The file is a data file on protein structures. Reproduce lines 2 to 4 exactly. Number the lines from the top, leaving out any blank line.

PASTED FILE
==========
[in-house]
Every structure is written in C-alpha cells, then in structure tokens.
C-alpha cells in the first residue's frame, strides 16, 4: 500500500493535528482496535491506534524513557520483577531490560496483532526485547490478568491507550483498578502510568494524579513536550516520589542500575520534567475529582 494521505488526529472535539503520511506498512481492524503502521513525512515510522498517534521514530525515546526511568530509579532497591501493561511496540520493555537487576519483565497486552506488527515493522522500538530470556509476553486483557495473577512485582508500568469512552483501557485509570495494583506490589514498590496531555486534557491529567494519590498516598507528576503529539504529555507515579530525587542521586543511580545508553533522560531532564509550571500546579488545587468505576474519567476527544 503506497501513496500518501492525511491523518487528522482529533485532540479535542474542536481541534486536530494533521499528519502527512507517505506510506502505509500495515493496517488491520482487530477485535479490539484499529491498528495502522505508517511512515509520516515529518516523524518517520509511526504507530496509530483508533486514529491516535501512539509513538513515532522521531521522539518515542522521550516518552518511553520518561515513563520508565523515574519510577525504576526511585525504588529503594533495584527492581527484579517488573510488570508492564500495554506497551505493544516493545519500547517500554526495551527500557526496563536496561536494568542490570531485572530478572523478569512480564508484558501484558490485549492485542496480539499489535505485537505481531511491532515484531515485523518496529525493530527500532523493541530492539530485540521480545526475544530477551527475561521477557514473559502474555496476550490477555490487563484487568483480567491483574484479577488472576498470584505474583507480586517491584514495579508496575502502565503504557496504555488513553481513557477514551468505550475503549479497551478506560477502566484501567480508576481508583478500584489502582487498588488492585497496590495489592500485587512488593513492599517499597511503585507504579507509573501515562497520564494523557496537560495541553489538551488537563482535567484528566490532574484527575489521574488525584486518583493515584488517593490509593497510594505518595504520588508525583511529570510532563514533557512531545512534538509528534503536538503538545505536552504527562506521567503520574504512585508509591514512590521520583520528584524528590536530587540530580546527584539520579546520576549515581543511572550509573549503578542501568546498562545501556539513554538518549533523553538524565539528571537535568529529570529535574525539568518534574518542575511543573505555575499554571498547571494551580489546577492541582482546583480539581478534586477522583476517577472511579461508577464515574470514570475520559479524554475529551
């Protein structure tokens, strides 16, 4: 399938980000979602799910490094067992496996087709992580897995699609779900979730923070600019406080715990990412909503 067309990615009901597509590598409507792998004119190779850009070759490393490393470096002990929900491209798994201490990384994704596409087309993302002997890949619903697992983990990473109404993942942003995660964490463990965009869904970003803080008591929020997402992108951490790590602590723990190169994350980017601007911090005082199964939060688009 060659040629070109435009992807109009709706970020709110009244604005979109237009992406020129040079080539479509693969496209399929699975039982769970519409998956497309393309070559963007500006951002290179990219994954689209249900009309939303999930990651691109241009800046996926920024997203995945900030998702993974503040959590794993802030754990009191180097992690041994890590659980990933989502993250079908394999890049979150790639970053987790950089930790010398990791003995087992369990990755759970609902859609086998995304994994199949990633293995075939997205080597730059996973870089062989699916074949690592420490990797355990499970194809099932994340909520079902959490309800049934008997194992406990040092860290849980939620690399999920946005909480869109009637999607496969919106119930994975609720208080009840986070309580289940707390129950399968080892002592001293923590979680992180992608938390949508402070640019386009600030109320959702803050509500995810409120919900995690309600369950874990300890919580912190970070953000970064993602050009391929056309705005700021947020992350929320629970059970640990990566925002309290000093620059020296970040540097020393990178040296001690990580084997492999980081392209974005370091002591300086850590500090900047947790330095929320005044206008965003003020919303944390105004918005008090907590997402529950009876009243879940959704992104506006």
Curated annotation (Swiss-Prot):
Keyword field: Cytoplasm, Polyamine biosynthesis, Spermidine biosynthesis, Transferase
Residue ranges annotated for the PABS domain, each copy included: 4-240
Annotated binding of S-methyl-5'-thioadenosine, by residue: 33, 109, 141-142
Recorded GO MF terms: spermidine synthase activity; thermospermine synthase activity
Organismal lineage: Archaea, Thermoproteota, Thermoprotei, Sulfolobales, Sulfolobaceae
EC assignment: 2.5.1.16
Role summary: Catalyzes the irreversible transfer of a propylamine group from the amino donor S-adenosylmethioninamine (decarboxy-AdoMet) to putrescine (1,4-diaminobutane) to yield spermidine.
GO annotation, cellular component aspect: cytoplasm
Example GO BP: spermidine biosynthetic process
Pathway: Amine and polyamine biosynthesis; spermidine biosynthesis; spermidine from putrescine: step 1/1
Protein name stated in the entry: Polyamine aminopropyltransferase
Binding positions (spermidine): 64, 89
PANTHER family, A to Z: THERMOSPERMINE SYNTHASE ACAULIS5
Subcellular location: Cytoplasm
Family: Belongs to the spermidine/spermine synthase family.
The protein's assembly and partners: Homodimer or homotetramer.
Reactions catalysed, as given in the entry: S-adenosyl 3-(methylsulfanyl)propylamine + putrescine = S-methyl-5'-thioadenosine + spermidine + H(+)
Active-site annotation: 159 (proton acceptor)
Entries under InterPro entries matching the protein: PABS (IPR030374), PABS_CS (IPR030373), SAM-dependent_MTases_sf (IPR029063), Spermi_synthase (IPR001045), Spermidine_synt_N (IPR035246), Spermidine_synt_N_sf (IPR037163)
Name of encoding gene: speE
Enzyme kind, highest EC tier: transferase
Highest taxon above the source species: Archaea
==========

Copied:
Every structure is written in C-alpha cells, then in structure tokens.
C-alpha cells in the first residue's frame, strides 16, 4: 500500500493535528482496535491506534524513557520483577531490560496483532526485547490478568491507550483498578502510568494524579513536550516520589542500575520534567475529582 494521505488526529472535539503520511506498512481492524503502521513525512515510522498517534521514530525515546526511568530509579532497591501493561511496540520493555537487576519483565497486552506488527515493522522500538530470556509476553486483557495473577512485582508500568469512552483501557485509570495494583506490589514498590496531555486534557491529567494519590498516598507528576503529539504529555507515579530525587542521586543511580545508553533522560531532564509550571500546579488545587468505576474519567476527544 503506497501513496500518501492525511491523518487528522482529533485532540479535542474542536481541534486536530494533521499528519502527512507517505506510506502505509500495515493496517488491520482487530477485535479490539484499529491498528495502522505508517511512515509520516515529518516523524518517520509511526504507530496509530483508533486514529491516535501512539509513538513515532522521531521522539518515542522521550516518552518511553520518561515513563520508565523515574519510577525504576526511585525504588529503594533495584527492581527484579517488573510488570508492564500495554506497551505493544516493545519500547517500554526495551527500557526496563536496561536494568542490570531485572530478572523478569512480564508484558501484558490485549492485542496480539499489535505485537505481531511491532515484531515485523518496529525493530527500532523493541530492539530485540521480545526475544530477551527475561521477557514473559502474555496476550490477555490487563484487568483480567491483574484479577488472576498470584505474583507480586517491584514495579508496575502502565503504557496504555488513553481513557477514551468505550475503549479497551478506560477502566484501567480508576481508583478500584489502582487498588488492585497496590495489592500485587512488593513492599517499597511503585507504579507509573501515562497520564494523557496537560495541553489538551488537563482535567484528566490532574484527575489521574488525584486518583493515584488517593490509593497510594505518595504520588508525583511529570510532563514533557512531545512534538509528534503536538503538545505536552504527562506521567503520574504512585508509591514512590521520583520528584524528590536530587540530580546527584539520579546520576549515581543511572550509573549503578542501568546498562545501556539513554538518549533523553538524565539528571537535568529529570529535574525539568518534574518542575511543573505555575499554571498547571494551580489546577492541582482546583480539581478534586477522583476517577472511579461508577464515574470514570475520559479524554475529551
């Protein structure tokens, strides 16, 4: 399938980000979602799910490094067992496996087709992580897995699609779900979730923070600019406080715990990412909503 067309990615009901597509590598409507792998004119190779850009070759490393490393470096002990929900491209798994201490990384994704596409087309993302002997890949619903697992983990990473109404993942942003995660964490463990965009869904970003803080008591929020997402992108951490790590602590723990190169994350980017601007911090005082199964939060688009 060659040629070109435009992807109009709706970020709110009244604005979109237009992406020129040079080539479509693969496209399929699975039982769970519409998956497309393309070559963007500006951002290179990219994954689209249900009309939303999930990651691109241009800046996926920024997203995945900030998702993974503040959590794993802030754990009191180097992690041994890590659980990933989502993250079908394999890049979150790639970053987790950089930790010398990791003995087992369990990755759970609902859609086998995304994994199949990633293995075939997205080597730059996973870089062989699916074949690592420490990797355990499970194809099932994340909520079902959490309800049934008997194992406990040092860290849980939620690399999920946005909480869109009637999607496969919106119930994975609720208080009840986070309580289940707390129950399968080892002592001293923590979680992180992608938390949508402070640019386009600030109320959702803050509500995810409120919900995690309600369950874990300890919580912190970070953000970064993602050009391929056309705005700021947020992350929320629970059970640990990566925002309290000093620059020296970040540097020393990178040296001690990580084997492999980081392209974005370091002591300086850590500090900047947790330095929320005044206008965003003020919303944390105004918005008090907590997402529950009876009243879940959704992104506006």